Bacteremia and Blood Culture Utilization during COVID-19 Surge in New York City.

TitleBacteremia and Blood Culture Utilization during COVID-19 Surge in New York City.
Publication TypeJournal Article
Year of Publication2020
AuthorsSepulveda J, Westblade LF, Whittier S, Satlin MJ, Greendyke WG, Aaron JG, Zucker J, Dietz D, Sobieszczyk M, Choi JJ, Liu D, Russell S, Connelly C, Green DA
JournalJ Clin Microbiol
Date Published2020 Jul 23
KeywordsBacteremia, Betacoronavirus, Blood Culture, Coinfection, Coronavirus Infections, COVID-19, Hospitals, Humans, New York City, Pandemics, Pneumonia, Viral, Prevalence, Retrospective Studies, SARS-CoV-2

A surge of patients with coronavirus disease 2019 (COVID-19) presenting to New York City hospitals in March 2020 led to a sharp increase in blood culture utilization, which overwhelmed the capacity of automated blood culture instruments. We sought to evaluate the utilization and diagnostic yield of blood cultures during the COVID-19 pandemic to determine prevalence and common etiologies of bacteremia and to inform a diagnostic approach to relieve blood culture overutilization. We performed a retrospective cohort analysis of 88,201 blood cultures from 28,011 patients at a multicenter network of hospitals within New York City to evaluate order volume, positivity rate, time to positivity, and etiologies of positive cultures in COVID-19. Ordering volume increased by 34.8% in the second half of March 2020 compared to the level in the first half of the month. The rate of bacteremia was significantly lower among COVID-19 patients (3.8%) than among COVID-19-negative patients (8.0%) and those not tested (7.1%) ( < 0.001). COVID-19 patients had a high proportion of organisms reflective of commensal skin microbiota, which, when excluded, reduced the bacteremia rate to 1.6%. More than 98% of all positive cultures were detected within 4 days of incubation. Bloodstream infections are very rare for COVID-19 patients, which supports the judicious use of blood cultures in the absence of compelling evidence for bacterial coinfection. Clear communication with ordering providers is necessary to prevent overutilization of blood cultures during patient surges, and laboratories should consider shortening the incubation period from 5 days to 4 days, if necessary, to free additional capacity.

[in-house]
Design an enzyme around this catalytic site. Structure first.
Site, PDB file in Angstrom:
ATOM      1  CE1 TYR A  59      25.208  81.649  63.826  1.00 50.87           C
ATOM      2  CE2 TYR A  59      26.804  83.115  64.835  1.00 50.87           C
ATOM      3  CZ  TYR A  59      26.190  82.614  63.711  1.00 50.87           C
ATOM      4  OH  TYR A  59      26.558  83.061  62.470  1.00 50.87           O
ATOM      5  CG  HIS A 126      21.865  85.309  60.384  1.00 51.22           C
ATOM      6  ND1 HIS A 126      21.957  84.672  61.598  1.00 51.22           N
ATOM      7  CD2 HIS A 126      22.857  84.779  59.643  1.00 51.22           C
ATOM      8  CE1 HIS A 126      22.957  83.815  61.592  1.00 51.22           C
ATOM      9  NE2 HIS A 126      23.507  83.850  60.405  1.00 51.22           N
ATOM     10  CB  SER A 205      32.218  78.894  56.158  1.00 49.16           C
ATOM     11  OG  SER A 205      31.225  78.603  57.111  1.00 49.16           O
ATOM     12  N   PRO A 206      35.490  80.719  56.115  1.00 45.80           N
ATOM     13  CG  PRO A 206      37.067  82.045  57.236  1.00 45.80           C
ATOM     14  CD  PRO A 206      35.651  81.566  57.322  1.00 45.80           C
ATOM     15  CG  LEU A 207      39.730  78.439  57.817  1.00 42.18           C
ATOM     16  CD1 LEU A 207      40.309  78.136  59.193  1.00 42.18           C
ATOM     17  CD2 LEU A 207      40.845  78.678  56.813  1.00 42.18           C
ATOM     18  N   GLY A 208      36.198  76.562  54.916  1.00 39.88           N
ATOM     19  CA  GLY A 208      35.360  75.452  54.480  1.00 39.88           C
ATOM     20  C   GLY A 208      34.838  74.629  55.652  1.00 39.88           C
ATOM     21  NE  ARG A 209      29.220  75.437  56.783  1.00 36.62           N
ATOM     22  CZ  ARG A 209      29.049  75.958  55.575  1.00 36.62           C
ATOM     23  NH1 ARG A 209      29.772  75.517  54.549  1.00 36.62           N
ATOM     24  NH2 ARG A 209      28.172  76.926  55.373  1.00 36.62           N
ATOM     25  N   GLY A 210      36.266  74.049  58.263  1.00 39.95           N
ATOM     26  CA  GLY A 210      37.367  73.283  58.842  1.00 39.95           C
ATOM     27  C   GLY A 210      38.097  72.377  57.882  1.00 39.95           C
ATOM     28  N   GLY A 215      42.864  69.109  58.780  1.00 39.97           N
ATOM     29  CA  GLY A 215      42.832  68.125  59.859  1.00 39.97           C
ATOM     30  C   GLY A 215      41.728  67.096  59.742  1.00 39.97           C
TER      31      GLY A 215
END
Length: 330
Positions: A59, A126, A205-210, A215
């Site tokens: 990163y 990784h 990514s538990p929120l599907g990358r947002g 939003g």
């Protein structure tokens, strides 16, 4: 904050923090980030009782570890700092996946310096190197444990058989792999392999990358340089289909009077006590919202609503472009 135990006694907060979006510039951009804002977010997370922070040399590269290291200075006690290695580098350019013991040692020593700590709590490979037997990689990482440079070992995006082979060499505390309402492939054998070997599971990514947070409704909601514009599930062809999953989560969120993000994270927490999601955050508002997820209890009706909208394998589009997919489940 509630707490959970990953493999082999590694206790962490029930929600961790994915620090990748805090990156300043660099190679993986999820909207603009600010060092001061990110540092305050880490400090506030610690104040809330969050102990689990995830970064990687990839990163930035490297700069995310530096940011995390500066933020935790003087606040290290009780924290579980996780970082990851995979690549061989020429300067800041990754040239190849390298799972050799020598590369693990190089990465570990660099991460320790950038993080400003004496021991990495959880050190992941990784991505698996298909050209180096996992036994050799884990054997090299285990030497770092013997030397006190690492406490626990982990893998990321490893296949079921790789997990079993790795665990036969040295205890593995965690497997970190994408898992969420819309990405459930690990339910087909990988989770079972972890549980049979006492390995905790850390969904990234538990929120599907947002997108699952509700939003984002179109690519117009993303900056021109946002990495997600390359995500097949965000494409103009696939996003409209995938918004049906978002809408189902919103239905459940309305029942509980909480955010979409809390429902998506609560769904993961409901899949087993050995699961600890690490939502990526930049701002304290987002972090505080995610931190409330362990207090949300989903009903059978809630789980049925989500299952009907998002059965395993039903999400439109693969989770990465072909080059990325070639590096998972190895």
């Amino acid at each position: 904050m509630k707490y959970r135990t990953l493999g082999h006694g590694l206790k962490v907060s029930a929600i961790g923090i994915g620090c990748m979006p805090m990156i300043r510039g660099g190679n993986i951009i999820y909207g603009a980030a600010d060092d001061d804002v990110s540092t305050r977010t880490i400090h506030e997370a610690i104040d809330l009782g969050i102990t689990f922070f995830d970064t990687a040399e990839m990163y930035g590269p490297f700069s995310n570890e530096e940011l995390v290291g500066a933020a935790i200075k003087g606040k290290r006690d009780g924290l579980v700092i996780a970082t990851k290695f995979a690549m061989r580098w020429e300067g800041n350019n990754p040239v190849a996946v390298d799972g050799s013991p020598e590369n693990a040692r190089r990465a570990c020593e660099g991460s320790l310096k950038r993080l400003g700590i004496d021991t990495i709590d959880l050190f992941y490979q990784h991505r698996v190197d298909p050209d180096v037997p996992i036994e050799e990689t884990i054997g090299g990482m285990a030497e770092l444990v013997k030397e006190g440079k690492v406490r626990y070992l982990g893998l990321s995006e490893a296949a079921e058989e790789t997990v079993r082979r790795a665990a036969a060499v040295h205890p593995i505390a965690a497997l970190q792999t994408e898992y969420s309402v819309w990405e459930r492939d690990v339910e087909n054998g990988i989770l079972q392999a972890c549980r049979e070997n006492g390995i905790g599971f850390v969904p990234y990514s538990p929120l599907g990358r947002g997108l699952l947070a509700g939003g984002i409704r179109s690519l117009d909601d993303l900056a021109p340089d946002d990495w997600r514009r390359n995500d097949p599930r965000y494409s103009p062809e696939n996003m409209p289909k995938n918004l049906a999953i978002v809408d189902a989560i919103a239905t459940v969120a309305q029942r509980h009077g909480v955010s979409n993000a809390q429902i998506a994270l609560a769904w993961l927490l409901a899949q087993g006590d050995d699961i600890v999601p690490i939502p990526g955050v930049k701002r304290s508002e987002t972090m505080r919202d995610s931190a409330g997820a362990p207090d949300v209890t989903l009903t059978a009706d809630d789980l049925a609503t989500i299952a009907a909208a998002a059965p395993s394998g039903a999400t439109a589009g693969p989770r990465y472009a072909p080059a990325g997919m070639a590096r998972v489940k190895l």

Alternate JournalJ Clin Microbiol
PubMed ID32404482
PubMed Central IDPMC7383550
Grant ListL30 AI133789 / AI / NIAID NIH HHS / United States
T32 AI007531 / AI / NIAID NIH HHS / United States
Related Faculty: 
Lars Westblade, Ph.D.


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